The characters in the story were ones that I fell hard for, from Quinn's best friend Libby to Quinn herself, the characters were more than interesting and said things that had me giggling here and there. As for James, he's a vampire, what isn't to love? He was sweet to Quinn and still kept up the appearance of Bad- Boy- Boyfriend. Though, and this is a warning to some readers, there was a few chapters with a lot of sexual innuendo and a few scenes that can be defined as inappropriate.

All in all, a worthwhile read. I would recommend Drain You to fans of vampire lore, romance and fans of Twilight. So go out there, get that book and make some vampire puns.
1 of 1 people found the following review helpful
A Unique, Fun Ride 7 Aug. 2012
By Hayden M. Casey - Published on Amazon.com
Format: Paperback
Advanced copy obtained via Edelweiss. Thank you, HarperCollins!

Drain You is a very interesting book. It's the first one I've read (and the first I've been accepted for) on Edelweiss.

The only word I can really come up with to describe Drain You is unique. The book is truly unlike anything else I've ever read, and I can't tell if that's for better or for worse.

First of all, the book doesn't really go anywhere. It does have a plot, but it doesn't necessarily follow the structure plots are supposed to. The book just kind of does whatever it wants to, which is refreshing, but it might throw some people off.

The writing is very conversational. When I say very conversational, I mean very conversational. The characters actually say and think "like," which is commonly done in reality, but I've never actually seen it written in a book. I can't tell whether it shoots the maturity of the book to the ground or is perfection. Probably both.

The characters aren't exactly memorable, but they're not ignorantly stupid and annoying, either. They don't make Drain You one of my favorite books, nor do they make it my least favorite. I'm curious as to whether or not the book is part of a series.

In case the cover didn't let you know or the summary didn't let you know, this book is about vampires. There, I said it. But the thing I like about Drain You, the thing that gave it four stars instead of three, is the fact that the vampires aren't the main story. The main character isn't completely preoccupied with the fact that her boyfriend is a bloodsucker to the point where she can't think or act straight and ends up just acting like an idiot. Drain You is mostly about the MC's friendships and relationships. The vampire thing is off to the side. I haven't read a vampire book in years where they're not the main focus of the book. This is the reason Drain You is so unique and different from all the other books.

M. Beth Bloom, I'll be keeping an eye on you. If you come out with anything else, I might just pick it up. You never know.
1 of 1 people found the following review helpful
Dark, Wicked, Love this Book! 25 July 2012
By I Heart YA Books - Published on Amazon.com
Format: Paperback
Drain You is really a different kind of book than I normally read. But I fell in love it. M. Beth Bloom's writing style has a deep, dark and eerie feel to it. There's no doubt Drain You is unique and so are its characters. I had the feeling while reading this novel that Bloom wanted me to dislike her main character, Quinn, but at the same time wanted me to fall in love with her. And I did fall in love. Yes, I wanted to slap her for being a selfish, self-centered little brat, but I also understood her. This is definitely a very different kind of paranormal romance. Bloom plays no games with her dark, sadistic storyline, or the dark characters. And I have to say that I love it. I also loved James, who is Quinn's vampire boyfriend. James pulls no punches in what he is and what he has to do to live. I loved this totally opposite of Edward. The only thing that did disappoint me was the ending. I felt like it was unfinished--too many questions left unanswered. But I can live with this if there's going to be a sequel. That's how much I did love this book.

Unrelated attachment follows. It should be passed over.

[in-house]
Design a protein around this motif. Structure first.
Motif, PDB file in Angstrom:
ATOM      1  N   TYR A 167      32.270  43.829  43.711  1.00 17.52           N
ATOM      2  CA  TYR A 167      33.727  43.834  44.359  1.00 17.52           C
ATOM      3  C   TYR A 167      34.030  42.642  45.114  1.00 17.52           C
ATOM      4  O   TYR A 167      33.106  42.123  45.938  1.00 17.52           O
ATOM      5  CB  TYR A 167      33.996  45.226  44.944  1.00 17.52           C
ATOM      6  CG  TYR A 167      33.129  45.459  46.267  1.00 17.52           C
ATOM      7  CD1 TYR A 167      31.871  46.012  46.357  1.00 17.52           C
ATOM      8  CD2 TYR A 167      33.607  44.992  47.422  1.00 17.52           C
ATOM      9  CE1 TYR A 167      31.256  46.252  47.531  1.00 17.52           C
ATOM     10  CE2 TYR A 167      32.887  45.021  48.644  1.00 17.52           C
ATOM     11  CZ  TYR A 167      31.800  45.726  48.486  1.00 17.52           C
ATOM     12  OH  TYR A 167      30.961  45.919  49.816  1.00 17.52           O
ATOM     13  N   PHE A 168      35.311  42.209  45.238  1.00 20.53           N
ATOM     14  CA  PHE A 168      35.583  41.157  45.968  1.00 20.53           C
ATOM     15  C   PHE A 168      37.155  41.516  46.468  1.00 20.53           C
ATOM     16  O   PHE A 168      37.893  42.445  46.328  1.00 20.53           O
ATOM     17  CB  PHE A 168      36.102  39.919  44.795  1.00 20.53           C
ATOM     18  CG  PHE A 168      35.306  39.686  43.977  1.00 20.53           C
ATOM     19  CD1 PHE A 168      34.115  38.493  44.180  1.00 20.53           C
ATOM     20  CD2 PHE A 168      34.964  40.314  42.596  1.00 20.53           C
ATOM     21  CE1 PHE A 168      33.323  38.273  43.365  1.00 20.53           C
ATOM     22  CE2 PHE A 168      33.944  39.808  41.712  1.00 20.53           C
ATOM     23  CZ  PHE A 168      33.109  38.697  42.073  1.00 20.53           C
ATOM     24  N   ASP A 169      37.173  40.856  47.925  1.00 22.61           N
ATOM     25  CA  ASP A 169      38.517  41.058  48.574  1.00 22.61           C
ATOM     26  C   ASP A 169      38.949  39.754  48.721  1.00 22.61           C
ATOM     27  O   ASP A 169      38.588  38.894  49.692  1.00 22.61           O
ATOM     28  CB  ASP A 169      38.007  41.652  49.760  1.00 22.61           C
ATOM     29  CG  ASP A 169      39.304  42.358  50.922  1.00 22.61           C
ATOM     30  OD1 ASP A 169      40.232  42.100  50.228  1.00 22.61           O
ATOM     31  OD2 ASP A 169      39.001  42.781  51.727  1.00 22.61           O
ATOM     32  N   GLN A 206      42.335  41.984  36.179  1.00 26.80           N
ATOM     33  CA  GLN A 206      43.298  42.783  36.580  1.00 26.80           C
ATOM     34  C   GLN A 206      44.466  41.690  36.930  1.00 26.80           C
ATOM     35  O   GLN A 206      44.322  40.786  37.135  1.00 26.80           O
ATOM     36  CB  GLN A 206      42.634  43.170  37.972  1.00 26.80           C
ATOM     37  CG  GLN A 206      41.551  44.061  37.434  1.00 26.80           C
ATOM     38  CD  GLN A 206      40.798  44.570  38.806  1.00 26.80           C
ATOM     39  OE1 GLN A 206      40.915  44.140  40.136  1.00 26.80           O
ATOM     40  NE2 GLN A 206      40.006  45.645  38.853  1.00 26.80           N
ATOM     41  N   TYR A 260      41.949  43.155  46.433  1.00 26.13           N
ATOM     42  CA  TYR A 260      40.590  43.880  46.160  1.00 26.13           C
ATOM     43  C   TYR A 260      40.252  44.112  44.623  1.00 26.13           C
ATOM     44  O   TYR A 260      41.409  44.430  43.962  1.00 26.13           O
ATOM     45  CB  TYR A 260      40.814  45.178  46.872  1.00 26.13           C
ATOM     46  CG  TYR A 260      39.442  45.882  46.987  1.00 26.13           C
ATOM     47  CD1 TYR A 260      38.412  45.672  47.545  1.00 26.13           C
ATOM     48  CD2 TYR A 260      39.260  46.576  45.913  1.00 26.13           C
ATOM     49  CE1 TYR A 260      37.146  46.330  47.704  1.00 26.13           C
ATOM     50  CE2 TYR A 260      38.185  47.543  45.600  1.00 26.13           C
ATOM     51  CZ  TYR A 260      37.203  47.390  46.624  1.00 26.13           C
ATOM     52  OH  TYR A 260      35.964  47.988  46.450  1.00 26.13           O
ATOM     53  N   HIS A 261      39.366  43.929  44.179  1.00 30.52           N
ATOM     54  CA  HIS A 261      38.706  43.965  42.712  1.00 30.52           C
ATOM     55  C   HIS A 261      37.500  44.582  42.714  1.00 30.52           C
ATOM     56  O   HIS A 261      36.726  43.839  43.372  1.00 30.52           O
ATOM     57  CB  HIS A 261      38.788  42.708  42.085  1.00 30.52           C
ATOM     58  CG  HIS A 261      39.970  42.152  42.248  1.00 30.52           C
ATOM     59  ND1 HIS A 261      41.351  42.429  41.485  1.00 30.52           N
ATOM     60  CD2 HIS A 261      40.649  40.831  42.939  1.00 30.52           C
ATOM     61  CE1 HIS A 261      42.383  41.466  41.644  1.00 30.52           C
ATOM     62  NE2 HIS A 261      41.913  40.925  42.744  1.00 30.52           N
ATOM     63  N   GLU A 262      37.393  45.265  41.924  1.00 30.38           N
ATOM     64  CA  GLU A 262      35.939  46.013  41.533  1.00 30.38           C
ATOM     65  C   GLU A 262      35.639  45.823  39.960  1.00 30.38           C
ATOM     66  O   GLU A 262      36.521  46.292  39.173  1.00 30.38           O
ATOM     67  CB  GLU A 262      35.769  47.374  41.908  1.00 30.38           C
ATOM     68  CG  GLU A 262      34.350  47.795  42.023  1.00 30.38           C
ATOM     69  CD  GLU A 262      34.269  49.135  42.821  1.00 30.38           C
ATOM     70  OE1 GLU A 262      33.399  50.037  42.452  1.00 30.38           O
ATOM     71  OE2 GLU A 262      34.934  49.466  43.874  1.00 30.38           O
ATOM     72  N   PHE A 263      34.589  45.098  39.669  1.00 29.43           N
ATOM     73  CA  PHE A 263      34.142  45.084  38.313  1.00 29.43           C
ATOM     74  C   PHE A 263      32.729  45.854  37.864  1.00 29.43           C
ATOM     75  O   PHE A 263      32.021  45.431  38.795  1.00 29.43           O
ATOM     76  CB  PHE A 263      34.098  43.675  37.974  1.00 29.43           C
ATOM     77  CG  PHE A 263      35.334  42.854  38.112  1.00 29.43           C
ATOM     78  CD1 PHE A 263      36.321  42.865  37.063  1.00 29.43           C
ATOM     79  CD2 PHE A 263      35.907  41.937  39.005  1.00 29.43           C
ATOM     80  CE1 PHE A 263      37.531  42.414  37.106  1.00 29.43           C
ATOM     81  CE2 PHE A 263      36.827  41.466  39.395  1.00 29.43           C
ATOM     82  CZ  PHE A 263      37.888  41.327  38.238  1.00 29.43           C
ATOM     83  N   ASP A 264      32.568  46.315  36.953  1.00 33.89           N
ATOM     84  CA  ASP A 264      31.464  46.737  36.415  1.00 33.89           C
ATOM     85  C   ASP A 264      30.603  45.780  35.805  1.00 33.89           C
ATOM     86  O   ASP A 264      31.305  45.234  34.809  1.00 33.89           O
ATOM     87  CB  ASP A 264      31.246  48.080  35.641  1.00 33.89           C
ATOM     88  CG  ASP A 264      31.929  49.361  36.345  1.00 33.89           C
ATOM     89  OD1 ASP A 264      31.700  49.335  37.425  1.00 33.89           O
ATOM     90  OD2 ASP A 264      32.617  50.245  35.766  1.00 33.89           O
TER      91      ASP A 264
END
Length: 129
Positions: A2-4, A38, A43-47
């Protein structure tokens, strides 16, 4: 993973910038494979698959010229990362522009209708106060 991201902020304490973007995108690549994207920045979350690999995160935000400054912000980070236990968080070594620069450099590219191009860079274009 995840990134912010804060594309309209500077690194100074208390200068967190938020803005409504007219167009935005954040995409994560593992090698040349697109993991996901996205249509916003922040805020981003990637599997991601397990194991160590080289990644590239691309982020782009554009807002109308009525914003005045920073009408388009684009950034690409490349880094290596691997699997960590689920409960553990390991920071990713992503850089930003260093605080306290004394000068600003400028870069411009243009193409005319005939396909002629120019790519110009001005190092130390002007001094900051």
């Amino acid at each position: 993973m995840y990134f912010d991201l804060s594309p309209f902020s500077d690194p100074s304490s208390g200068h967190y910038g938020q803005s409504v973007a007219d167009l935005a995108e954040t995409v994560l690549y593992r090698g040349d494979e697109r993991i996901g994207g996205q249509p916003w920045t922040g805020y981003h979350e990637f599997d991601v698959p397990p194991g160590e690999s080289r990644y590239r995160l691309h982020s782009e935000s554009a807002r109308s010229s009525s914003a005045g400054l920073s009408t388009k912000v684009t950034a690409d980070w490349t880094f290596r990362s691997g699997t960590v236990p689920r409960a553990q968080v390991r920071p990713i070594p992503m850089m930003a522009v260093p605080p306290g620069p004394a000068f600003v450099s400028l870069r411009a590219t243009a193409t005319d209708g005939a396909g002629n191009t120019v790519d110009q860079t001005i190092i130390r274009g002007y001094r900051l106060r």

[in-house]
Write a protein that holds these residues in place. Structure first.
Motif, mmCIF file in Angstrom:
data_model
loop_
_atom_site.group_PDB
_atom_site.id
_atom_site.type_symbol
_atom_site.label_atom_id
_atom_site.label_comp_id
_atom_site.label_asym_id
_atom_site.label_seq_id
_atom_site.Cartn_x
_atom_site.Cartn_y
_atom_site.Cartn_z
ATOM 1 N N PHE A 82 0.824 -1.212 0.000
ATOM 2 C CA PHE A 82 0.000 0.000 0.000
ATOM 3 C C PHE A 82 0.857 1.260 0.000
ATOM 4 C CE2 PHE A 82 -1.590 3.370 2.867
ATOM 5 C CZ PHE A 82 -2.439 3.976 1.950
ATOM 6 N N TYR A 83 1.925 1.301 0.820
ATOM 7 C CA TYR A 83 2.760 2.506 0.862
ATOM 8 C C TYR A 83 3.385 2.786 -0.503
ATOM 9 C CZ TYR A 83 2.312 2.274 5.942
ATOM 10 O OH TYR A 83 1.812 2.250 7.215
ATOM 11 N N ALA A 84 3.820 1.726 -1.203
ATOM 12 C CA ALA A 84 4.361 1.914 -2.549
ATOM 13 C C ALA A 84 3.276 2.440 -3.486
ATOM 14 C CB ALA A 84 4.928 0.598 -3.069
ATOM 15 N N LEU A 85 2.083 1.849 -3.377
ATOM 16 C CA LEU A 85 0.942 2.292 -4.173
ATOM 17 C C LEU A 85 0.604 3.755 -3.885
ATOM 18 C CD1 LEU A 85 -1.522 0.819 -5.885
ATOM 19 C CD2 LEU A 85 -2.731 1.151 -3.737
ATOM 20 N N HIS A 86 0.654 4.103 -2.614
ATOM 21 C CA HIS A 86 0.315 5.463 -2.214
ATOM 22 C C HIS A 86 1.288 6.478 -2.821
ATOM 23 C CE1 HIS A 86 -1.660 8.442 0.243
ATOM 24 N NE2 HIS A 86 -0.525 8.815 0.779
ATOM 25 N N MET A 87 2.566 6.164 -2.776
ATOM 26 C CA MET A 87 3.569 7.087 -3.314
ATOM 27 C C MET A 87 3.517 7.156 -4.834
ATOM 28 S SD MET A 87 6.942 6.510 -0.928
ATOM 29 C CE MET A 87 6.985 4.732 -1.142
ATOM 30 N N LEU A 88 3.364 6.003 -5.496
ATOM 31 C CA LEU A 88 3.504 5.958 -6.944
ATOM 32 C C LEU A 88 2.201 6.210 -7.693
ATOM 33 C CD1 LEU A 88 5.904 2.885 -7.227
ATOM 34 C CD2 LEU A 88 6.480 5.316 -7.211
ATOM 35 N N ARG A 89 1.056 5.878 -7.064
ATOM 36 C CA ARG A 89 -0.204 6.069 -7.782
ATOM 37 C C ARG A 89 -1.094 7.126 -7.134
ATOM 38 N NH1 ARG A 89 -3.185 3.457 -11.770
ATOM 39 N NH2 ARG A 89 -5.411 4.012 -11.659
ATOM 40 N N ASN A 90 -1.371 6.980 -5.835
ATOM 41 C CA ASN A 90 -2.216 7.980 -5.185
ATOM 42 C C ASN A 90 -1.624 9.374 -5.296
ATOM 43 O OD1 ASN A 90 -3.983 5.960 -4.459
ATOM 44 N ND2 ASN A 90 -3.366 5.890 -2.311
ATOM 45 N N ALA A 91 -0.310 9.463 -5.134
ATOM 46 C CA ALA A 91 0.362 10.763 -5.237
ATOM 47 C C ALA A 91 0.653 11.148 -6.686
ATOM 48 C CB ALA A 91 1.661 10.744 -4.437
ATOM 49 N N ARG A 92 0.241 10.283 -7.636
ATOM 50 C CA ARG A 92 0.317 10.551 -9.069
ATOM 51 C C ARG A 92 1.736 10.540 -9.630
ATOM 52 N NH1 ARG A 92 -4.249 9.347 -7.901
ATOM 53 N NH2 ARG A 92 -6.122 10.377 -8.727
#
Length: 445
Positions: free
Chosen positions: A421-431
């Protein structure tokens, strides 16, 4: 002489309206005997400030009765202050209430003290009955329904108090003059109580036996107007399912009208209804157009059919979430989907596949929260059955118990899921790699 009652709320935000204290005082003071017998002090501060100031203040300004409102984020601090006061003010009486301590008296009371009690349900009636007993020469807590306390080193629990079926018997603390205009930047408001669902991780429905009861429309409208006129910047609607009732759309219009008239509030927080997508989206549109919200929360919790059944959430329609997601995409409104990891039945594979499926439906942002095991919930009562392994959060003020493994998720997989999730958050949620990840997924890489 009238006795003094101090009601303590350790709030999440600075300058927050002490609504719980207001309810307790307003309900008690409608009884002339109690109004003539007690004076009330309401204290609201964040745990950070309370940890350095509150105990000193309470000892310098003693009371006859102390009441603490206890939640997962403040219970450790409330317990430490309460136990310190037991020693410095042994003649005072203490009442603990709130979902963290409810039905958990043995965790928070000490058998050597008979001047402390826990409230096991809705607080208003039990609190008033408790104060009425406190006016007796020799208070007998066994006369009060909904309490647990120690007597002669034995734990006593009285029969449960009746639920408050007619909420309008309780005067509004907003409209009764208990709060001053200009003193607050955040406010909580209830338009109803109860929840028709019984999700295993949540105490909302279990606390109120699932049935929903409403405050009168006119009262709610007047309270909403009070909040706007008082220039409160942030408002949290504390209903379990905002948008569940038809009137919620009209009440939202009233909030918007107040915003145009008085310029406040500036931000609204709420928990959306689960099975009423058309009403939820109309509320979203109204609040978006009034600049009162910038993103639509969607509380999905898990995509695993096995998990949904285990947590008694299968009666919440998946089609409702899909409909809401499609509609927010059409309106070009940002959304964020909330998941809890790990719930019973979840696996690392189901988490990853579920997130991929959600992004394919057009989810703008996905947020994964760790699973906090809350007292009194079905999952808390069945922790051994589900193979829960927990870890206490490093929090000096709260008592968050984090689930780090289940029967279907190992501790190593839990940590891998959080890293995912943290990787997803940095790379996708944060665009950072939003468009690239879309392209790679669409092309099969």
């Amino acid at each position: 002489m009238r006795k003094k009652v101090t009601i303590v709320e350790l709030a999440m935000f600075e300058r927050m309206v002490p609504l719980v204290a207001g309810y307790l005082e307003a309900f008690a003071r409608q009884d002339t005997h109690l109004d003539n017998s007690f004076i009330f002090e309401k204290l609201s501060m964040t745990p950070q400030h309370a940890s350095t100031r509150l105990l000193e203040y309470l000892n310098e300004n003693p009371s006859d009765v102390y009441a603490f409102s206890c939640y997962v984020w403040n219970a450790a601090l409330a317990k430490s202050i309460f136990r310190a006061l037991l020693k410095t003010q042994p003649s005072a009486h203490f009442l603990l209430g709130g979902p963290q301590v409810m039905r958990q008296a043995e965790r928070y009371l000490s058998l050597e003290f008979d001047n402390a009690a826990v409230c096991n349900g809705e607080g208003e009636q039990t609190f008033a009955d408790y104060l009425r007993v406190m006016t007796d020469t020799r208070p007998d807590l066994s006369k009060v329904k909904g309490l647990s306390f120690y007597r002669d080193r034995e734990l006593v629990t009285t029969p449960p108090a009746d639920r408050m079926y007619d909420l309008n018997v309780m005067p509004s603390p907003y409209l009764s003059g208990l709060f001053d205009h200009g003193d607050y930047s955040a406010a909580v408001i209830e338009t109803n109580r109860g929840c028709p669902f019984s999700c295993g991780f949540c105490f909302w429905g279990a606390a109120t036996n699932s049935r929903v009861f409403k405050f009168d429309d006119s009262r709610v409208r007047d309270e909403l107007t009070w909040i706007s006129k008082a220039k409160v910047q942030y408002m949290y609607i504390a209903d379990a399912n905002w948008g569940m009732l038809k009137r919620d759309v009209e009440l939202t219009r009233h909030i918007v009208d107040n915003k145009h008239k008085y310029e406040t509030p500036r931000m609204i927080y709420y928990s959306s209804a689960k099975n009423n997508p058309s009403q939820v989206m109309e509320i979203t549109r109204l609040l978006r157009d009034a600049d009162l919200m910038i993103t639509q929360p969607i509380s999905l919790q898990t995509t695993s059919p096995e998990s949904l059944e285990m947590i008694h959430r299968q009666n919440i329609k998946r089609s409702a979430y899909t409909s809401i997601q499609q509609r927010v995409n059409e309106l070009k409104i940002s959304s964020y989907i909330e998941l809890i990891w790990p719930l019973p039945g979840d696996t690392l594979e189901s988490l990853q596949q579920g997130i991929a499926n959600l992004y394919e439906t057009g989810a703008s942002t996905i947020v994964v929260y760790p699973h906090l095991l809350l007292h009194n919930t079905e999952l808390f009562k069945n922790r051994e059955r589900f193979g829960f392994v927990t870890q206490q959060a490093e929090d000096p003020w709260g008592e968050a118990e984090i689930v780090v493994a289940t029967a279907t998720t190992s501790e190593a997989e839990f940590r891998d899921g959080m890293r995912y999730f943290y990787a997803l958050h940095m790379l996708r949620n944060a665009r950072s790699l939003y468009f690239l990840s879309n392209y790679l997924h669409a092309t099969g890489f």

Quinn is a pretty messed up girl who thinks the universe centers around her. Though she hates herself for being like this, she just can't seem to change. Even when she tries to help her best friend Libby, she's only thinking about herself-- and not how other people are going to get hurt by her actions--even die because of her selfishness.

I love Quinn and James's intimate dark romance, but I kept thinking even a dark, sadistic vampire like James has his hands full with a girl like Quinn. I also loved James's human brothers Whit and Morgan. No, there was no love triangle going on with Quinn. Morgan, who is Quinn's co-worker, has feelings for Quinn and was trying to have a relationship with her, but this just left him open for Quinn to easily use him, which Morgan understood this about Quinn. This is why I liked Morgan, he understood this about Quinn and he was a strong, self-assured person and accepted Quinn for who she was. Whit was strong, too, but I felt like he just couldn't handle his feelings for Quinn, and I'm going to have to wait for the second book to really figure his and Quinn's relationship out.

Drain You is a very dark, eerie, and wicked novel, and I think you have to really open your mind to read this one to see who the characters are. Dig deeper than just the surface. I love this sinister and wicked side of the paranormal. I recommend as a dark, dark read.
Were these reviews helpful? Let us know